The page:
Does Your Website’s Homepage Need a Slider?
Sliders, carousels, or rotating banners. Whatever you call want to them, they appear just about everywhere online. They highlight important pieces of content on websites. But are they beneficial or are they causing more problems than they solve? In this post, we’ll find out.
How Did Homepage Sliders Start?
Most businesses don’t just sell one product or service online, but several. They might have a few they focus on but generate revenue through less popular services.
You also want to make your users stay on your site for as long as possible. Why go through the trouble of narrowing down your product and service range to one key offering when you can make three, four or even more.
Now your visitors can see everything you have to offer, thereby reducing the chances they’ll click off your site, right? Wrong.
Why Shouldn’t You Use Sliders?
Essentially, the use of the sliders and carousels came to be through the reluctance of making decisions. While they are still used on millions of websites and continue to feature on many new websites, there is slow downward trend.
And it’s with good reason. Their common use has given researchers opportunities to conduct usability studies on how users interact with sliders. Or rather – don’t. As a result, sliders are often dubbed a “conversion killer” by usability studies.
It comes down to concept called “banner blindness”.
Humans naturally filter out details we might consider irrelevant. When we walk down the street, we are focussed on our task at hand – going to a shop for this week’s meals or visiting a loved one. We don’t usually notice cracks in the pavement or the scratches off the paintwork on a bus stop.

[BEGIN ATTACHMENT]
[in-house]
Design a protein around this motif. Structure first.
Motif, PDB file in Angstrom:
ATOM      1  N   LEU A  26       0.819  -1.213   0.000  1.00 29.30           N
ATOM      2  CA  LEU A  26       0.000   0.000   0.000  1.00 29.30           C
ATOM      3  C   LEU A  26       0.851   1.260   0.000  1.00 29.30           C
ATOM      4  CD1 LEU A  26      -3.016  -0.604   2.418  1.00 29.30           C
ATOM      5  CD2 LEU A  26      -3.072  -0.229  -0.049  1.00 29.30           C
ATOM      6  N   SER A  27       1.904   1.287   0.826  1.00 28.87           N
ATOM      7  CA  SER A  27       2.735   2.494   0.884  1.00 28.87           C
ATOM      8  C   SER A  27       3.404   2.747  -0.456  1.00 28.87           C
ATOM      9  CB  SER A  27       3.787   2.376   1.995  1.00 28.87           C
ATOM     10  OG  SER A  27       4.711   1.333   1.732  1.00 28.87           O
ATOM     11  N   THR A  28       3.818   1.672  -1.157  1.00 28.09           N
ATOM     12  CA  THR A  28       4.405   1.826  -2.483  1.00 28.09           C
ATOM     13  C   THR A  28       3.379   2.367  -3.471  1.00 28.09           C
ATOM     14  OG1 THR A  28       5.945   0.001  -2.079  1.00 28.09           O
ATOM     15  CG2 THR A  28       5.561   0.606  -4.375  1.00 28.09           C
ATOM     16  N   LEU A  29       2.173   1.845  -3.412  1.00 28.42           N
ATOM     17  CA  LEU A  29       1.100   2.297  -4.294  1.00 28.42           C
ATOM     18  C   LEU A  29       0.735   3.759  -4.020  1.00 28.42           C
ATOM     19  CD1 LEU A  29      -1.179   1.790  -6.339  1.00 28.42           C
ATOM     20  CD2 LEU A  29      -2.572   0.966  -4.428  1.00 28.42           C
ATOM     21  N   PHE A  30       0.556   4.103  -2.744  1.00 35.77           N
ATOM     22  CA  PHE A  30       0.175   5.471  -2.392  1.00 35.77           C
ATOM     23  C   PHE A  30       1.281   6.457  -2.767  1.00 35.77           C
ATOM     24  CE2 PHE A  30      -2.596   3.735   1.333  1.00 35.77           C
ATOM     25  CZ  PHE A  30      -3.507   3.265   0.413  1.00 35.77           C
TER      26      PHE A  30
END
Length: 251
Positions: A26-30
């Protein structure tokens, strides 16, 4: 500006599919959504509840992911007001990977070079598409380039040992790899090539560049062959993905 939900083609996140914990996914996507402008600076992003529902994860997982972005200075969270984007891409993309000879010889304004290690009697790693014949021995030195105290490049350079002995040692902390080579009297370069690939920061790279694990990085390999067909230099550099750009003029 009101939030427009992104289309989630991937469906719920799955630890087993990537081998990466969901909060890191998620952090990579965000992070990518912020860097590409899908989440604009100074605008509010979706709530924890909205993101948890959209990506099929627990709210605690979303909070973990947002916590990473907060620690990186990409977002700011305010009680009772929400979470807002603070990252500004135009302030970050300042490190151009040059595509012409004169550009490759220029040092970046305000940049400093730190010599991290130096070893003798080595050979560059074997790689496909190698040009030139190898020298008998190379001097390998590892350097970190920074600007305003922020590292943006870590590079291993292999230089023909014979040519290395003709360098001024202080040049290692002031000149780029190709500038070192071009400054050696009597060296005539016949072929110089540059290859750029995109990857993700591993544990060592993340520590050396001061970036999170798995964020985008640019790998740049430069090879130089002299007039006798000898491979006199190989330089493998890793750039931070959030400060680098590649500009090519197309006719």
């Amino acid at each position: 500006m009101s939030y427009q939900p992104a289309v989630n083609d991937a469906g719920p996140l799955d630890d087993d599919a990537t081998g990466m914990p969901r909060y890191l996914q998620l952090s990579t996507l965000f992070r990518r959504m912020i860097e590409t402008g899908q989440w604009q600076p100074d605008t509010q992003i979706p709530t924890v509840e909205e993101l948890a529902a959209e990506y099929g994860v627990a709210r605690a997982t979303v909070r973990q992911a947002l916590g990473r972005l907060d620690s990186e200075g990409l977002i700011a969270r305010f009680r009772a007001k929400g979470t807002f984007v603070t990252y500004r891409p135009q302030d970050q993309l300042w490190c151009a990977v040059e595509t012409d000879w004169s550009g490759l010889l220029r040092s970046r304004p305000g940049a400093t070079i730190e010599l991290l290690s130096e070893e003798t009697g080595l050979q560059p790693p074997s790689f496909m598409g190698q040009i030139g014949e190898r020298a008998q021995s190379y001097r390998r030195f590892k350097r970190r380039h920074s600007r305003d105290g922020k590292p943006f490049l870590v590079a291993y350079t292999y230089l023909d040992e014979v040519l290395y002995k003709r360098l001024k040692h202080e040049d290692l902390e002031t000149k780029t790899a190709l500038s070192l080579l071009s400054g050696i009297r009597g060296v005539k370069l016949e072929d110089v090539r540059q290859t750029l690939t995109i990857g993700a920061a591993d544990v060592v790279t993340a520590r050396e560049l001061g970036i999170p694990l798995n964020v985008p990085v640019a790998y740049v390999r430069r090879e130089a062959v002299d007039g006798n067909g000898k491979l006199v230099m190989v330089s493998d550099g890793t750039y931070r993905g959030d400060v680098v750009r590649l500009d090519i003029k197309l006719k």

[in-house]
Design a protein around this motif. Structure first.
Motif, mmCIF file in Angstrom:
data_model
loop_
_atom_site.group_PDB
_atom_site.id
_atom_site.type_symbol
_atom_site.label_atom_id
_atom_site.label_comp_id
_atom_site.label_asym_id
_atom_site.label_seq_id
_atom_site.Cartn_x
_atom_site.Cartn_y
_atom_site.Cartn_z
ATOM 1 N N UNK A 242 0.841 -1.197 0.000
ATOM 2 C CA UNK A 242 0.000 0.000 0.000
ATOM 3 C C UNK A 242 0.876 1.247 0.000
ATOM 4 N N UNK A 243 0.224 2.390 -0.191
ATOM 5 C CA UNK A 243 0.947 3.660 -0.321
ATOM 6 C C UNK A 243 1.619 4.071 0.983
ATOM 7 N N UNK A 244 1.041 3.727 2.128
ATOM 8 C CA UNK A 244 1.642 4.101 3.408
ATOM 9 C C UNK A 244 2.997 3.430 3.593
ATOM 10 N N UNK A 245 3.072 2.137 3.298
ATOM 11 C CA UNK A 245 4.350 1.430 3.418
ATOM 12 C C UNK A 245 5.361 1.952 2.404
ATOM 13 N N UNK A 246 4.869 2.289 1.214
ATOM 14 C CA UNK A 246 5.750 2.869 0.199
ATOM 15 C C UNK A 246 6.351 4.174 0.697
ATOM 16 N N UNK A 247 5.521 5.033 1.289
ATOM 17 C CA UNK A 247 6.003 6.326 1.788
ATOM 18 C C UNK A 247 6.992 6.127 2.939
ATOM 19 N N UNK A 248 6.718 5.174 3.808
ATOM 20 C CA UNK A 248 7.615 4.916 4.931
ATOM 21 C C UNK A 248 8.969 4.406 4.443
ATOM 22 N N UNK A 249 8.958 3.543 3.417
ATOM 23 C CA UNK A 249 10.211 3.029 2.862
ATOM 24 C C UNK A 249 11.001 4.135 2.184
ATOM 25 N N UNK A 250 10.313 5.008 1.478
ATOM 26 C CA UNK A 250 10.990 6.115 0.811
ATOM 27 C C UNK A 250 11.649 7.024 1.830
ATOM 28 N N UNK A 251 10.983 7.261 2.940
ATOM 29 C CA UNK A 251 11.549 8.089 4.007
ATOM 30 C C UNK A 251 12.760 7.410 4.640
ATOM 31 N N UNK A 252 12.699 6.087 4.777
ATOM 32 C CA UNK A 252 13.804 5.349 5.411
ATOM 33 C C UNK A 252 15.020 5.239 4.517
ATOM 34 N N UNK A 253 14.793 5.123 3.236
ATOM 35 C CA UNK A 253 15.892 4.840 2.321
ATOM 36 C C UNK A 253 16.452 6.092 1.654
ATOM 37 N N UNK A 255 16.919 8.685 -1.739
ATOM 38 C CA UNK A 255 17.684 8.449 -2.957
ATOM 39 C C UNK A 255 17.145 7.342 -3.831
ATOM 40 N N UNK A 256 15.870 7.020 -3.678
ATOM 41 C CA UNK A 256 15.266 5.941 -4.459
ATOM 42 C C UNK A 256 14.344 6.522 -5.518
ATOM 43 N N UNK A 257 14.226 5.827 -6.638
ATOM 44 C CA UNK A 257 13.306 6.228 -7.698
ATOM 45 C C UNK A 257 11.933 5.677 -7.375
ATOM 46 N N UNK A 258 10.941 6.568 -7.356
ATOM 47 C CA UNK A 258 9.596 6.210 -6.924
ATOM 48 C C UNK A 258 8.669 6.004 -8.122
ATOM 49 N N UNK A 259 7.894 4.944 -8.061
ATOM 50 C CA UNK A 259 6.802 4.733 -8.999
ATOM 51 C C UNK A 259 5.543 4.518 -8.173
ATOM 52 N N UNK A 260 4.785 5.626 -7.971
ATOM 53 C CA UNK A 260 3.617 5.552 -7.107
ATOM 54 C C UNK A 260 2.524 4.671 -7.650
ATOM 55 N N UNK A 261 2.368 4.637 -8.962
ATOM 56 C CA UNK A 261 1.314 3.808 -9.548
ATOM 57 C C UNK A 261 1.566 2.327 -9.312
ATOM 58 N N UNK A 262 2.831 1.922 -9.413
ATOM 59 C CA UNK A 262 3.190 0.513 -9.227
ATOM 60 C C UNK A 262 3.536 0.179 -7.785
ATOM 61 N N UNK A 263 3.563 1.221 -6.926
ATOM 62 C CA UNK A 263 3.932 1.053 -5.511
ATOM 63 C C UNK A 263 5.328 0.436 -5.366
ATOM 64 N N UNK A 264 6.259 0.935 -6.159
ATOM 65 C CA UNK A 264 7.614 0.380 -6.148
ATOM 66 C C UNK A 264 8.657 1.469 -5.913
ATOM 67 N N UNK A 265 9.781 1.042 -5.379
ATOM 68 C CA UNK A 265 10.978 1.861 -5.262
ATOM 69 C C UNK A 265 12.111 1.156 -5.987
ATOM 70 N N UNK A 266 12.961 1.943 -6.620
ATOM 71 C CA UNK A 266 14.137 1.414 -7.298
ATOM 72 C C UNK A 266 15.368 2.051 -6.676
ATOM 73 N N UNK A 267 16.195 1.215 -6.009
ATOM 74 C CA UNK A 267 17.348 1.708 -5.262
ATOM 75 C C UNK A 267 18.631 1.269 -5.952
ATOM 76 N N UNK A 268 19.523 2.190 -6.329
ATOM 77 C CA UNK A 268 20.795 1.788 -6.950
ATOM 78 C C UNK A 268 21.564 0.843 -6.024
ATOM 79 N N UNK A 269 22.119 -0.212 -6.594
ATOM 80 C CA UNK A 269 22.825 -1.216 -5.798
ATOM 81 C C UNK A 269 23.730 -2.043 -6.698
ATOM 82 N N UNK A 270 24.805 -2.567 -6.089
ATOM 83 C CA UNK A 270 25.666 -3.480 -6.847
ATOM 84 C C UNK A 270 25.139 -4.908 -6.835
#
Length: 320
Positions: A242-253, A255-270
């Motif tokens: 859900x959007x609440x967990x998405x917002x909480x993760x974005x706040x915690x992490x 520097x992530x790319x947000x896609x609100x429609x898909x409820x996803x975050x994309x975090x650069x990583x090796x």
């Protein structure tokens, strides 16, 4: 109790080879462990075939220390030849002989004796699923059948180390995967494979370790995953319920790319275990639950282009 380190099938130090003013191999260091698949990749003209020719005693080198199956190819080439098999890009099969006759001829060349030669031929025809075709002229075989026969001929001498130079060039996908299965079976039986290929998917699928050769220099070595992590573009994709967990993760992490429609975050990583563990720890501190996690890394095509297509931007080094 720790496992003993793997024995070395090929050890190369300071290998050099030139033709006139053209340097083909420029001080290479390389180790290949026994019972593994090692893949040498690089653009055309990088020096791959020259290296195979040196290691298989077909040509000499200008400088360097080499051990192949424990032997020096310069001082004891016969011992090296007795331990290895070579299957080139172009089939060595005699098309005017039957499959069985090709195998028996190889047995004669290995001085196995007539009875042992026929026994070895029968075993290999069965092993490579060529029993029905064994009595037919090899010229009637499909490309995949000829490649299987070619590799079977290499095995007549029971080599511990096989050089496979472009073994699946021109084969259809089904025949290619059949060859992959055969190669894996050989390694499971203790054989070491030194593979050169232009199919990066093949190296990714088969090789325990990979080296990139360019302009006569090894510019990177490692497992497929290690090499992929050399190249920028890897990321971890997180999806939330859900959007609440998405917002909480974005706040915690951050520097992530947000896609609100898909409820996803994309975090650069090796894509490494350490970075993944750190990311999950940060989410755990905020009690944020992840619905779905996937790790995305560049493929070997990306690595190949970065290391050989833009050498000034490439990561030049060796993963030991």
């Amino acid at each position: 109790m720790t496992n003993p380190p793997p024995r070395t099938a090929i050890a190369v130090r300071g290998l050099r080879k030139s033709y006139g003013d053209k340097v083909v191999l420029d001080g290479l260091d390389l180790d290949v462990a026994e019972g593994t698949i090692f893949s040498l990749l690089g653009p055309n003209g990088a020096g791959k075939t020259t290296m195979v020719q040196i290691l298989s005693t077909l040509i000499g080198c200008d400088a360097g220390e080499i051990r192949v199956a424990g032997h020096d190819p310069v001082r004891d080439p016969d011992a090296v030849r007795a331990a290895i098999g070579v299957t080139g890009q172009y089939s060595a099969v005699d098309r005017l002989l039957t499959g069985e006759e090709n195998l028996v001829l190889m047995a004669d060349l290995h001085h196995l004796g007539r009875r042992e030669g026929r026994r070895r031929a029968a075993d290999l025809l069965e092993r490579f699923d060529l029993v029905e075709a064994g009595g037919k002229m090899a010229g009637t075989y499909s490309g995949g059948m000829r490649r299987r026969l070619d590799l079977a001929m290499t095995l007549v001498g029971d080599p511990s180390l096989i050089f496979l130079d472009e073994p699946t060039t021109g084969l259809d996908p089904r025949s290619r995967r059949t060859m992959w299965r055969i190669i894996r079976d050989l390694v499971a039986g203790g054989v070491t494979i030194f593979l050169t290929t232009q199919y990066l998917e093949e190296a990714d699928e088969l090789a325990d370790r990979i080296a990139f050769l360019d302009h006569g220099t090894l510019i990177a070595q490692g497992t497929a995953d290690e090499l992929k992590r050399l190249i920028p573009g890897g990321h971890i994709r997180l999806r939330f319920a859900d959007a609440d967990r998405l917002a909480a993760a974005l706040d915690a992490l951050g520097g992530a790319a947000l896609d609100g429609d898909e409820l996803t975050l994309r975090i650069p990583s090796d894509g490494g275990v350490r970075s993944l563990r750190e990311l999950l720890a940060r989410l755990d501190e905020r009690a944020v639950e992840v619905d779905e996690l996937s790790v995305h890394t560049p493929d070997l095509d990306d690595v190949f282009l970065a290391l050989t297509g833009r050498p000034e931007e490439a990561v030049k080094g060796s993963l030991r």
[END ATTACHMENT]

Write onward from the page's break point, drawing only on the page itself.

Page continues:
In a similar way, we tend to tune out anything that looks like an advert like banners. And sliders or carousels look just like an advert, often getting tuned out in favour of other content that helps to achieve their objectives.
This means visitors can often miss important information and offers, leading to frustration of not finding what they want and bounce to somewhere else where they can.
Your Visitors Won’t Interact With Sliders
A study by Erik Runyon showed that after 3.8 million homepage visits, just 1.07% clicked a feature on the slider. And after the first slide, the click-through-rates just get lower and lower.
Research giant Nielsen Norman Group meanwhile, concluded that the vast majority of website users stopped viewing sliders after slides 3 and 4. They also found that sliders are “plagued by low discoverability and sequential access”.
And since the world is progressively surfing online on mobile with 55.43% of all traffic on a mobile device in 2020, sliders are only going to remain plagued with low discoverability.
The Frustration of Automation Rotation
If frustrating your visitors wasn’t enough, prepare to annoy them that little bit more by automatically moving to the next slide when they weren’t finished with the first.
We’ve seen this on some websites when there’s a request from management to show visitors the offerings as quickly as possible. But all this does is take control away from the visitor.
Another key aspect to websites that is often an afterthought is accessibility. People with motor skill difficulties, dyslexia or those who use English as a second language can find it particularly tricky to read your copy before deciding to click on your call-to-action button before the next slide takes its place.
You run the credible risk of not being able to engage with people from various demographics by trying to show more content with a slider.
What Should I Use Instead of a Slider or Carousel?
Get to know your users and make a single compelling offering. Use unique selling points that make you stand out from your competitors, but something you customers want.
Be bold and use branding to engage your target audience to attract more leads and conversions to sales.